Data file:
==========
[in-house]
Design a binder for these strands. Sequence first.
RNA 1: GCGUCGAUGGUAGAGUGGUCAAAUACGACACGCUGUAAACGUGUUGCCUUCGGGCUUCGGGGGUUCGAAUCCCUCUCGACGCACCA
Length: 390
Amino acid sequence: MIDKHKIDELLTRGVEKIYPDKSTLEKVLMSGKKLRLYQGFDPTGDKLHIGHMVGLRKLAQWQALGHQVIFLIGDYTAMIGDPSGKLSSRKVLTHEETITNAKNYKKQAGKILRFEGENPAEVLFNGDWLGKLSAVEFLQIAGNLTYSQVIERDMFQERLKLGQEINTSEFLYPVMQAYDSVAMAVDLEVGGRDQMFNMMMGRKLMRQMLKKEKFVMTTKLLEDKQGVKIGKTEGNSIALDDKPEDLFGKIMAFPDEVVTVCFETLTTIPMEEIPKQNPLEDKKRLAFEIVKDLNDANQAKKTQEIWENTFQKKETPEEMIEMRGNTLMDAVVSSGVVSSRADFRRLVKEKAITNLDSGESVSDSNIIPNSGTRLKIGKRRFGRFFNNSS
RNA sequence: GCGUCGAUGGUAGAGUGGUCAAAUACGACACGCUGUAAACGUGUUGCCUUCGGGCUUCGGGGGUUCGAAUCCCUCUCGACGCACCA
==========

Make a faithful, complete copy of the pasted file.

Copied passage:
[in-house]
Design a binder for these strands. Sequence first.
RNA 1: GCGUCGAUGGUAGAGUGGUCAAAUACGACACGCUGUAAACGUGUUGCCUUCGGGCUUCGGGGGUUCGAAUCCCUCUCGACGCACCA
Length: 390
Amino acid sequence: MIDKHKIDELLTRGVEKIYPDKSTLEKVLMSGKKLRLYQGFDPTGDKLHIGHMVGLRKLAQWQALGHQVIFLIGDYTAMIGDPSGKLSSRKVLTHEETITNAKNYKKQAGKILRFEGENPAEVLFNGDWLGKLSAVEFLQIAGNLTYSQVIERDMFQERLKLGQEINTSEFLYPVMQAYDSVAMAVDLEVGGRDQMFNMMMGRKLMRQMLKKEKFVMTTKLLEDKQGVKIGKTEGNSIALDDKPEDLFGKIMAFPDEVVTVCFETLTTIPMEEIPKQNPLEDKKRLAFEIVKDLNDANQAKKTQEIWENTFQKKETPEEMIEMRGNTLMDAVVSSGVVSSRADFRRLVKEKAITNLDSGESVSDSNIIPNSGTRLKIGKRRFGRFFNNSS
RNA sequence: GCGUCGAUGGUAGAGUGGUCAAAUACGACACGCUGUAAACGUGUUGCCUUCGGGCUUCGGGGGUUCGAAUCCCUCUCGACGCACCA